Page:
Sofa, Natuzzi; Rug, Gan Rugs; Ottoman, Blu Dot; Curtains, The Shade Store; Artwork, Thomas Nickles Project Gallery.

From the outside, 56 Leonard, a 60-story residential building situated in Manhattan’s Tribeca neighborhood, looks like it might tumble. But that’s the whole point of the illusion. The structure has earned the nickname Jenga Building because it looks like the block-stacking game (cantilever bulges jut out on all four sides). Inside, however, all is calm—at least on the 21st floor, where Project AZ founder Ahmad AbouZanat recently finished designing a two-bedroom apartment for a couple inspired by the space’s next-level views. 

“We wanted the interior to complement the exterior, and their windows look out onto some big buildings,” says AbouZanat. The designer’s take on indoor-outdoor flow? Channeling the tones of the neighborhood’s patched yellow-and-red–colored brick complexes and weathered gray cobblestone streets into the decor, like the abstract Stark Carpet rug in the foyer and the Cassina leather bed frame. “It feels like their background is really an extension of their own space,” he adds. 

Sofa, ABC Home; Noguchi Coffee Table, Design Within Reach; Lugano TV Console, BoConcept; Rug, Stark Carpet; Armchair, Cassina. 

One perk of working with a building that’s barely five years old: The kitchen and bathrooms didn’t need any work. The only major change AbouZanat made in the cooking space was swapping out the shiny chrome light fixture that used to hang over the island for a simple beam. “It was almost as big as the island,” the designer recalls. “One of the main things I wanted to do was strip the space down.”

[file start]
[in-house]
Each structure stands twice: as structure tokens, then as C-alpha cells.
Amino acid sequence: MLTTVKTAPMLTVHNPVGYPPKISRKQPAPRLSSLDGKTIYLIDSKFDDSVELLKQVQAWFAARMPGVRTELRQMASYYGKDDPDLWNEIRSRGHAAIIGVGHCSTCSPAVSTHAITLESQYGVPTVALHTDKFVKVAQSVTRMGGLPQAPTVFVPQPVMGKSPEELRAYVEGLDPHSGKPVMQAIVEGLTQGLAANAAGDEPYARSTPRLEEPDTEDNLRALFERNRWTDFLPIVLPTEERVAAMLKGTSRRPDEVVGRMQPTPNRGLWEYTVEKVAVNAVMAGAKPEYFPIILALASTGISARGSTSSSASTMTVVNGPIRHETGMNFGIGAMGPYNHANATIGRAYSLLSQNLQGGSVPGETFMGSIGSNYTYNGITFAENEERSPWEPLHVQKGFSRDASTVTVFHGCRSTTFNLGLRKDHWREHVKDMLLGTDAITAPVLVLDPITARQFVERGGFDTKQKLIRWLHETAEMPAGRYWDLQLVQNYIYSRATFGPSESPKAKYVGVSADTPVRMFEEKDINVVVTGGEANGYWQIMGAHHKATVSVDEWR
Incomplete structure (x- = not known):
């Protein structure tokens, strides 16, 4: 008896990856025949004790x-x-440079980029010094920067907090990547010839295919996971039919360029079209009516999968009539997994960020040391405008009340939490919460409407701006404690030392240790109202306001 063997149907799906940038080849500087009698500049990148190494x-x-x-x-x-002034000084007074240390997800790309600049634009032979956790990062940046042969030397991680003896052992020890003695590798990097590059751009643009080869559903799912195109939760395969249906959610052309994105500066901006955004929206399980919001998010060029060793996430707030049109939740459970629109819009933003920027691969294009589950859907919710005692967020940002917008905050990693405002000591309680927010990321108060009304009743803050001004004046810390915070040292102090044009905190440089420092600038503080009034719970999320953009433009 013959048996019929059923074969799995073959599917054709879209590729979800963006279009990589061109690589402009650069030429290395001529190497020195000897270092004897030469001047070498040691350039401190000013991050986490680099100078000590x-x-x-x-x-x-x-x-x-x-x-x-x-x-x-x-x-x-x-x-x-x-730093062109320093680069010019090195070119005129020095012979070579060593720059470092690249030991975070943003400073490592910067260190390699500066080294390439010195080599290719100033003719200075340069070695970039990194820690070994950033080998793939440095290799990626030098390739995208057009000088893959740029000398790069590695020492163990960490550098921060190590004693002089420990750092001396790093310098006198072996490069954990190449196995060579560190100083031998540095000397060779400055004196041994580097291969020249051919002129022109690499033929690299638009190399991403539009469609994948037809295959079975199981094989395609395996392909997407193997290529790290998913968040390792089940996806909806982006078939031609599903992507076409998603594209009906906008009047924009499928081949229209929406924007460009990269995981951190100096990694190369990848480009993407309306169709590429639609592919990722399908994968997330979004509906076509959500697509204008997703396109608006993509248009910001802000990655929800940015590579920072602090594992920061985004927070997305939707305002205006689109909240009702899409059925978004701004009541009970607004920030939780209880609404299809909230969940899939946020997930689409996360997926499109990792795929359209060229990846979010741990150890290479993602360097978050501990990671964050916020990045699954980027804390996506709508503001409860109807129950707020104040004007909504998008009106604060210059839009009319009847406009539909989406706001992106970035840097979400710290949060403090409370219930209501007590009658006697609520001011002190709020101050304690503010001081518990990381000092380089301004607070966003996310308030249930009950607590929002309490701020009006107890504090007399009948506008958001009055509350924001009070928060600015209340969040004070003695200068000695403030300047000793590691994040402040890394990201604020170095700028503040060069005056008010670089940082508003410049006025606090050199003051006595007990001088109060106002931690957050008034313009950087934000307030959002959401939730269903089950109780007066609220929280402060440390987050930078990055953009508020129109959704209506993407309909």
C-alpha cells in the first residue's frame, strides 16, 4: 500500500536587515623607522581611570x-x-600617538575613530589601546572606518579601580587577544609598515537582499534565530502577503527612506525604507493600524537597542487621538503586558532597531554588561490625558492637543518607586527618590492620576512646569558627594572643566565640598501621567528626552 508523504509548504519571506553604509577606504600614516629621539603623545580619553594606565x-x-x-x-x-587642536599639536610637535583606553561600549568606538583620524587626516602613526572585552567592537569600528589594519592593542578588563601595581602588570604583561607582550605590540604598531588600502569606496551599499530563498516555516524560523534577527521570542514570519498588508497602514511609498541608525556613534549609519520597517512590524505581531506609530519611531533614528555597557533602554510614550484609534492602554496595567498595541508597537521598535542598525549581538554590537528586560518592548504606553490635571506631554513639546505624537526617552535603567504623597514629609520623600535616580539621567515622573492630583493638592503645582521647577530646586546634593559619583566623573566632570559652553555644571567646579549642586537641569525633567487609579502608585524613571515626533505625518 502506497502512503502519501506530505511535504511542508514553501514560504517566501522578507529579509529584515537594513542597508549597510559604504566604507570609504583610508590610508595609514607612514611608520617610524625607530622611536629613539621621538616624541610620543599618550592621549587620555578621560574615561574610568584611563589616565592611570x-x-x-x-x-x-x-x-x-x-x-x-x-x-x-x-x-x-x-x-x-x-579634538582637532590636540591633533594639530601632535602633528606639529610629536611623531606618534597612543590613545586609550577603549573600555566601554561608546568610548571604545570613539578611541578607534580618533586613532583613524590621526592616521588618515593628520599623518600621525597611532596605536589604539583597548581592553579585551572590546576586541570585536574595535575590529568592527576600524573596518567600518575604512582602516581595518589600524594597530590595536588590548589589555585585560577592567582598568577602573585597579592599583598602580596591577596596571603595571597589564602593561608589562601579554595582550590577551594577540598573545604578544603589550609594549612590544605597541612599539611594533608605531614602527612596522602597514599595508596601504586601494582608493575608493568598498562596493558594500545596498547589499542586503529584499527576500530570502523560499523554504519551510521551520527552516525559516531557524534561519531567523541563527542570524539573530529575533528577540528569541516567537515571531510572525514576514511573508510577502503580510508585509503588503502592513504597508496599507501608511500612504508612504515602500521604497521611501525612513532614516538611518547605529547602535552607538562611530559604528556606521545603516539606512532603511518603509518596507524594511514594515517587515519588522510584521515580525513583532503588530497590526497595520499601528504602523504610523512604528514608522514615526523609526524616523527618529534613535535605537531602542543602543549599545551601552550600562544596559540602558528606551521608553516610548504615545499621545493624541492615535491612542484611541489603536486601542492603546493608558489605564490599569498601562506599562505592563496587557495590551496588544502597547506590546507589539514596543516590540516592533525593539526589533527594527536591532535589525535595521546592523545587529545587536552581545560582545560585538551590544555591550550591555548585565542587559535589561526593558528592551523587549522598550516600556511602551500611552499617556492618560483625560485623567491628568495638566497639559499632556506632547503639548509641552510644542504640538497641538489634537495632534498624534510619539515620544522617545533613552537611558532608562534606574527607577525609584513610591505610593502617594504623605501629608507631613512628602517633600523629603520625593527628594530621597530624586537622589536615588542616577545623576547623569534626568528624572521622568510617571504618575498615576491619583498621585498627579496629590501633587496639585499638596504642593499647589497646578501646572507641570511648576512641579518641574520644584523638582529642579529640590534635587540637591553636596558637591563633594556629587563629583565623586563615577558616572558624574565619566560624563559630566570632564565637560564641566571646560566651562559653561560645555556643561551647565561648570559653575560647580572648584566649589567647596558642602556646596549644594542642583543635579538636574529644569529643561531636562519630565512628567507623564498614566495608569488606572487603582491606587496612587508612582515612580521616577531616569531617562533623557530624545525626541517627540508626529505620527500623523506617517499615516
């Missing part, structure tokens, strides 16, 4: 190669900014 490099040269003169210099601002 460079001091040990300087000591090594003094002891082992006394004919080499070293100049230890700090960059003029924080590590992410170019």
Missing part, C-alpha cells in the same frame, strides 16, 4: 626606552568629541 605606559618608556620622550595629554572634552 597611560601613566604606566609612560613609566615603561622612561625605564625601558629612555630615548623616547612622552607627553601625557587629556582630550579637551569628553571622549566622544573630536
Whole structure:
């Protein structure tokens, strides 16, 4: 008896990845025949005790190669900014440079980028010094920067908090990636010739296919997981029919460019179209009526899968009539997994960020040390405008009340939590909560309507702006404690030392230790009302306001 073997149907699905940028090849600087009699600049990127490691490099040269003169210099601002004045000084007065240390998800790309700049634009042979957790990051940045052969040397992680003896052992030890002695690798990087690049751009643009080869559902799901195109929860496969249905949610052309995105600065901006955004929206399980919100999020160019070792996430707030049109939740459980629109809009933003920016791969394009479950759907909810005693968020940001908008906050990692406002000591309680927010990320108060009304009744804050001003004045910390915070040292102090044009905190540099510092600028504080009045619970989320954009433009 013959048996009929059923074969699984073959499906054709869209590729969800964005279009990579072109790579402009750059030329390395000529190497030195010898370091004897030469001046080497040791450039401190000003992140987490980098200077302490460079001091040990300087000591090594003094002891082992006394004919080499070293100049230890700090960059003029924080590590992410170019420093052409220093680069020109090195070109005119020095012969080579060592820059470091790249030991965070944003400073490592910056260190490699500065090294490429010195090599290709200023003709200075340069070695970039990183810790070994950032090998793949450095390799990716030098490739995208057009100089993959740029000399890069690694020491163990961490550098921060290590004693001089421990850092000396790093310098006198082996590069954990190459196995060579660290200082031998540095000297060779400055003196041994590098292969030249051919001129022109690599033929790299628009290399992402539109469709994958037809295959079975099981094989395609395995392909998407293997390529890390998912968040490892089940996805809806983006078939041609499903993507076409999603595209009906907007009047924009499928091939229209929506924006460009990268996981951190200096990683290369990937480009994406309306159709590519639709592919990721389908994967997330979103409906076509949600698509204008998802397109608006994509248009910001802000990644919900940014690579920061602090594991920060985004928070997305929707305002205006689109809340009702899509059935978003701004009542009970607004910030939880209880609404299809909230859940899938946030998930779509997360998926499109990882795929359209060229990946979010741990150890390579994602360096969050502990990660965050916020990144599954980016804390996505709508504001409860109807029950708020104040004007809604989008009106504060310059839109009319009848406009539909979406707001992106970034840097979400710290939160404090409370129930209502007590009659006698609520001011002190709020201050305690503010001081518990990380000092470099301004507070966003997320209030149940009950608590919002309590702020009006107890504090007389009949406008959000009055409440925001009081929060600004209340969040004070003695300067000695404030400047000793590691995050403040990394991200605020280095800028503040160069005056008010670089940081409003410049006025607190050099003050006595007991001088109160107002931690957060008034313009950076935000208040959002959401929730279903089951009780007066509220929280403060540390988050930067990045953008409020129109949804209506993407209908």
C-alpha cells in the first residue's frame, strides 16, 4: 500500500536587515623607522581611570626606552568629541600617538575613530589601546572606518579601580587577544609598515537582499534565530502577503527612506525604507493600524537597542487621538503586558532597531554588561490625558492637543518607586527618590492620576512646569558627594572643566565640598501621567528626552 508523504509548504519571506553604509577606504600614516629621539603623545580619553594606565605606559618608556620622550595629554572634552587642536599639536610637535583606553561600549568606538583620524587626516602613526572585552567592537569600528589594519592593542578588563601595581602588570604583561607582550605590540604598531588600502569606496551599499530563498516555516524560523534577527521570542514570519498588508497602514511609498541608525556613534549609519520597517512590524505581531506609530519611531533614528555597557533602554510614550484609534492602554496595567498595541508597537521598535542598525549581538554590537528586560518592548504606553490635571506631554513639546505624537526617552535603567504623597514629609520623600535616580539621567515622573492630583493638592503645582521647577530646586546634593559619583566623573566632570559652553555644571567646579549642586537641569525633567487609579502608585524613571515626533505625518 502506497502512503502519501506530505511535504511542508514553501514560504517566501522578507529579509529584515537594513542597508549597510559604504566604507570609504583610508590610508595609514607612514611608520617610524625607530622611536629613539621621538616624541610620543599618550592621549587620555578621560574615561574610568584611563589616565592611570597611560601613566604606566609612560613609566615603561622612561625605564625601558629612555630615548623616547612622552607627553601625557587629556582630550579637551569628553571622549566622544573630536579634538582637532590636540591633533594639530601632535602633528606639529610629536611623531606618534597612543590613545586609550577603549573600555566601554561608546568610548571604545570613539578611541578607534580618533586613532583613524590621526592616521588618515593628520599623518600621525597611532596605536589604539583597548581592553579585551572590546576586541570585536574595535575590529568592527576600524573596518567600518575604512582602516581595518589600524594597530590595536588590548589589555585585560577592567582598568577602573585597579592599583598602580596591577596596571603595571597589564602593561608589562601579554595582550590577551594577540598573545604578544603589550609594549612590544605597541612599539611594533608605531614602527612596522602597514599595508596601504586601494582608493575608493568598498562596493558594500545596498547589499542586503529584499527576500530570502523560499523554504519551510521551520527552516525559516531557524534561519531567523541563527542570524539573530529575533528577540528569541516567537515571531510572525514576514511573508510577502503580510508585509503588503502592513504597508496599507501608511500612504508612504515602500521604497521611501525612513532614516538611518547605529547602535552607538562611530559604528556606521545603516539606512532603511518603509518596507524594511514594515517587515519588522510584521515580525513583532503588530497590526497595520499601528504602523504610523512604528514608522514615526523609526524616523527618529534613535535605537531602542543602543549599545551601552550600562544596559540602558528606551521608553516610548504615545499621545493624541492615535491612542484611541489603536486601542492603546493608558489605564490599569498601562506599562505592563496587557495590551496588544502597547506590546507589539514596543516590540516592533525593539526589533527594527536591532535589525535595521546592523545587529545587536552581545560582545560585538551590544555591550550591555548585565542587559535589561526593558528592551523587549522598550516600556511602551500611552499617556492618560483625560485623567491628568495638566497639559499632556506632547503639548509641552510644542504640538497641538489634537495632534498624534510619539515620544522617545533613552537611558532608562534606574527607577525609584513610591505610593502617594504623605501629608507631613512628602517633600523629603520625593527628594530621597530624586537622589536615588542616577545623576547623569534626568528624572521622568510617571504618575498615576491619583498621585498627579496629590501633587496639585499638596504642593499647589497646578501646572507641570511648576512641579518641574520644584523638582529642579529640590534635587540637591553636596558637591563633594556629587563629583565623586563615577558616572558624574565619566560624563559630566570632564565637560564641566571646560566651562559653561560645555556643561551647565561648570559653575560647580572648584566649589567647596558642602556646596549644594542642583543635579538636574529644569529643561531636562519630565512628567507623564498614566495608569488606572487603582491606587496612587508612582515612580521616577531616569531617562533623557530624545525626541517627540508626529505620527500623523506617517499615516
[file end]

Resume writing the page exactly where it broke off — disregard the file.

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Chairs, Poltrona Frau; Dining Table, Molteni; Light, Matter Made.

The downside of the circa-2017 architecture, which AbouZanat sees in many new buildings in Manhattan, was the colossal concrete pillar in the dining area. With no way to hide it, he focused on introducing furniture that would complement the structure, not compete with it. “I didn’t want anything that had four legs,” the designer says of choosing a nonsymmetrical table. The base of the three-leg piece is also made out of concrete, making its placement near the pillar seem all the more thoughtful. “It’s very sculptural, so it plays with light and shadow nicely,” he notes. AbouZanat sought balance by picking an asymmetrical pendant lamp with flexible discs that allow the homeowners to change the mood of the lighting in the room.

AbouZanat prioritized the view in the living room and chose a low storage unit that wouldn’t block the window. The staggered piece (it’s got its own Jenga-like look happening) houses board games and remote controls—items that can look like clutter when left out in the open. It was also important that nothing in the open-concept space was bigger or bulkier than the sectional (the only piece of furniture the homeowners bought before the project began).

“As much as I want a space to have my signature, I always tell my clients that this is, at the end of the day, their space. What really matters is these items are with them five, 10, or 20 years from now,” says the designer. 

Bed, Cassina; Nightstand, Molteni; Nightstand Lamp, Vistosi via 1stDibs; Curtains, The Shade Store.

The rust-orange dresser in the bedroom continues the red brick theme, while also speaking to the high-gloss black and white cabinetry in the kitchen. Again, “I didn’t want to kill the view,” the designer says of picking the low-profile storage piece. When your backyard is essentially all of Manhattan, you’d do anything to show it off.


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The Goods